Canine Common Sense Wound Care


By Phil Heye, DVM

Performance Events Field Representative


Basic First Aid Kit

  • Sterile gauze pads-large and small
  • Hemostats
  • Scissors
  • Forceps
  • Surgical scrub solution
  • Bottled Water
  • Small towels
  • Cotton tipped applications
  • Assorted bandages and/or flexible wrap
  • Eye cleaner or wash solution
  • Thermometer
  • Buffered aspirin
  • Benadryl
  • Hydrocortisone ointment
  • Cold pack
  • Syringe
  • Saline solution
  • Gloves
  • Adhesive tape


A day in the field with your canine companion can be a thrilling adventure for you both. The leap of a retriever into an icy stream, the flush of a grouse in an aspen thicket, the exhilarating run through the agility course or a simple romp for pleasure around the dog park are the good times we live for.

These wonderful adventures can also be wrought with potential hazards. A puncture from a nail or a thorn, a laceration or abrasion from an exposed broken tree limb, or any number of other wound causing incidents may occur. Initial management of traumatic wounds should always be based on a common sense approach and a bit of training. Having a good basic first aid kit on hand is important to help treat these wounds while on your outing. (See sidebar.)

If your dog is wounded, the first steps you should take are to control of the bleeding and prevention of contamination. Wounds can be very painful so dogs often must be restrained for even minimal treatment. Almost all bleeding can be stopped by applying direct pressure to the site for a minimum of 3-5 minutes. Tourniquets should only be used as a last resort for arterial bleeding that can not be controlled with direct pressure. An example of an extreme emergency that may require a tourniquet would be with the loss of a limb. If a tourniquet must be used, place the tourniquet between the heart and the wound and release the tension periodically.

One thing to remember is that all wounds are considered contaminated, but the degree of contamination and subsequent infection can be minimized. First, use sterile or clean materials to control the bleeding. Then use a dilute surgical scrub solution to clean around the wound. If hydrogen peroxide is used, only use it once, for hydrogen peroxide can be toxic to healthy tissue cells. Water is actually one of the best wound cleaners and hydrotherapy will help irrigate and debride the exposed tissue. Flush with water, ideally under pressure, until the exposed wound tissue is glistening and free of debris. Professional veterinary advice should always be sought to determine if the wound should be closed or allowed to heal as an open wound. Sometimes the wound may require closure after most of the healing process has occurred.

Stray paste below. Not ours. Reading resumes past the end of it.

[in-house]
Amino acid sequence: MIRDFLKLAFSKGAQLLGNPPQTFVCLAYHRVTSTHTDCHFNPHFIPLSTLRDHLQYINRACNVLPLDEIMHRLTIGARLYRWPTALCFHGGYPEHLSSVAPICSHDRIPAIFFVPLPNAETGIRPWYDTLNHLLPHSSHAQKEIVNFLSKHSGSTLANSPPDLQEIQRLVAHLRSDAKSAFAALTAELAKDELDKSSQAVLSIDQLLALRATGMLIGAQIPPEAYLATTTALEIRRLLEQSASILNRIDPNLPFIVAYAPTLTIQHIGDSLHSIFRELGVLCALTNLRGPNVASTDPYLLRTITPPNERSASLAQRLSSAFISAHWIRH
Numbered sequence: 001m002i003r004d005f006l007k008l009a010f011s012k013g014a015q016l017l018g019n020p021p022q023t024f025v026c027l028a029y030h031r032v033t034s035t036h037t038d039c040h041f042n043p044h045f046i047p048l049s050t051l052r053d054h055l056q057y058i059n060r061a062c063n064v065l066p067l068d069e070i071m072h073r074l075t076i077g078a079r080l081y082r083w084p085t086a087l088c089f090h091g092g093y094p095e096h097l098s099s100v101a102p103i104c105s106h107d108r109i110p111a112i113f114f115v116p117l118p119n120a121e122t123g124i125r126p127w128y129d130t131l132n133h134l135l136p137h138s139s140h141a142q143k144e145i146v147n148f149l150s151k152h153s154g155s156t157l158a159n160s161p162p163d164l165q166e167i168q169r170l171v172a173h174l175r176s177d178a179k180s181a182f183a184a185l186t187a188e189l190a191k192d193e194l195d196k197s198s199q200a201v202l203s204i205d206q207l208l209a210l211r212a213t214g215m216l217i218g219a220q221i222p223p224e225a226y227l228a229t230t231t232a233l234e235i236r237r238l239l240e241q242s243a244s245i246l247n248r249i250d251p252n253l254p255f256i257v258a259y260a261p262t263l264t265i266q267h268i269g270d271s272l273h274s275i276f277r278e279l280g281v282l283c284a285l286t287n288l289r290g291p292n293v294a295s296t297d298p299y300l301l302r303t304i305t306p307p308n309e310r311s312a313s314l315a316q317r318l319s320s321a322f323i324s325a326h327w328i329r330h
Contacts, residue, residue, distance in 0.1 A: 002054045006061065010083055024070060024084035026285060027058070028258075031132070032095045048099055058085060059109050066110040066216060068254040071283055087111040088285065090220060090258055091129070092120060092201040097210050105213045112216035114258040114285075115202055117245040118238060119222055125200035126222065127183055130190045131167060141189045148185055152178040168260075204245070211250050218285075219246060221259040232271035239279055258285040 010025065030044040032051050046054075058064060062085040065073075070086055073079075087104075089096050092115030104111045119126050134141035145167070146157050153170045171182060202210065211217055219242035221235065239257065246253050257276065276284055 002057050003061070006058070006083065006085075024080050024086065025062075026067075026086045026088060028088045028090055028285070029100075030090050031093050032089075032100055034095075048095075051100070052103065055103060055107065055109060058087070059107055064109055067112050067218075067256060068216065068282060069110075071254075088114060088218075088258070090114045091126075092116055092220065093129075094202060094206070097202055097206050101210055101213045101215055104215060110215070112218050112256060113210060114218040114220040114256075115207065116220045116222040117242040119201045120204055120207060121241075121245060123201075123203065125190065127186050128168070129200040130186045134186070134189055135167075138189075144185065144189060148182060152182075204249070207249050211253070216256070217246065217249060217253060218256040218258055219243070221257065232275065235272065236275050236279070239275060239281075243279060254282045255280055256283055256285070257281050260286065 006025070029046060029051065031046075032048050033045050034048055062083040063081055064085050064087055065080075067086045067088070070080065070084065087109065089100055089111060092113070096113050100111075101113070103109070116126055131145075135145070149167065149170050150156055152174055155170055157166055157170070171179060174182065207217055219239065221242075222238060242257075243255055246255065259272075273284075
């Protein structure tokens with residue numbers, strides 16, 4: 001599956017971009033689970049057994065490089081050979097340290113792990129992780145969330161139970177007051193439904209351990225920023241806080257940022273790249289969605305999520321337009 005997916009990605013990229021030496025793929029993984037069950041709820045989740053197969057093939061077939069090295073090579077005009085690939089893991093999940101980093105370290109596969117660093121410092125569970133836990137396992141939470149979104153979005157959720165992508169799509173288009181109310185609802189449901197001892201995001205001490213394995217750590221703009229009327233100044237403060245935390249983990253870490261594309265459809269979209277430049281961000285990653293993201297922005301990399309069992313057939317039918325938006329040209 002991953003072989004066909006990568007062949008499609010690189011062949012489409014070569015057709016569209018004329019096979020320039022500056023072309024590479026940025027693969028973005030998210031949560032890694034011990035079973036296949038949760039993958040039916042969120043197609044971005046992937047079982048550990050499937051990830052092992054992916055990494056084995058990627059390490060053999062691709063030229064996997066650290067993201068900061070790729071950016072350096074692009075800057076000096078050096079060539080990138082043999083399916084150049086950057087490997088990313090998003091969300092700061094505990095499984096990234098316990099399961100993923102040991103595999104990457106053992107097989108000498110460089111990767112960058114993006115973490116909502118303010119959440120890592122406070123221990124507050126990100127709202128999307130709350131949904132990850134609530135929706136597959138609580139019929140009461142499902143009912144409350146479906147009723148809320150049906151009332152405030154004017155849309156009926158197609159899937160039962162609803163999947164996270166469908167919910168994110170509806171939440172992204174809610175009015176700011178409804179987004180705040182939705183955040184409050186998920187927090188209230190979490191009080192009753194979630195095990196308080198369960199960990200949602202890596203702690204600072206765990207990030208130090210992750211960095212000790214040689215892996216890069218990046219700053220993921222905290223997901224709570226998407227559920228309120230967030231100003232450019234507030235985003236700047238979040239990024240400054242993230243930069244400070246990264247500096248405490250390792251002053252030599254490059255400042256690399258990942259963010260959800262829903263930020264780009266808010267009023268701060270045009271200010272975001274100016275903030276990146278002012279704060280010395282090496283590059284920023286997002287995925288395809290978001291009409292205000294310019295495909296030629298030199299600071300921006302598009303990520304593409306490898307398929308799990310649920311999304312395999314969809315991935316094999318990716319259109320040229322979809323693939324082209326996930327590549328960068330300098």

Puncture wounds, especially those caused by teeth, should have the opening enlarged if possible using a pair of scissors or hemostats. These enlarged openings should be irrigated thoroughly as described above. These wounds are rarely sutured and are kept open to allow for drainage and the healing process to proceed from the inside to the outside. Unless they can be very easily removed, foreign bodies or objects associated with punctures should be left alone until professional treatment is received. Attempting to remove the object yourself can actually cause more harm to your dog.

Bandages on wounds should be used very carefully if at all and professional advice should always be sought for long term bandages. Oral antibiotics and medication for pain and inflammation can be helpful but should only be used with veterinary help. The use of topical medications is rarely curative and in some cases can even delay the healing process. Your dog will often want to lick the wound, licking will not hurt the healing unless it is excessive and if you have applied topical medications the dog will also lick these off and absorb them into their system.

When transporting your dog for veterinary care remember to call ahead, do not feed your dog as he may require anesthesia and surgery, and be sure to provide an accurate history to the Veterinarian so that other potential physiological problems can be addressed.

Overall, superficial soft tissue wounds and punctures are rarely considered life-threatening emergencies and by using common sense you can provide effective wound care to your dog. Carrying a first aid kit on each and every outing will not only help you take care of those nicks and cuts while out in the field but may even save your dog's life. Serious wounds and follow-up care should always be referred to your Veterinarian for appropriate therapeutics and treatment.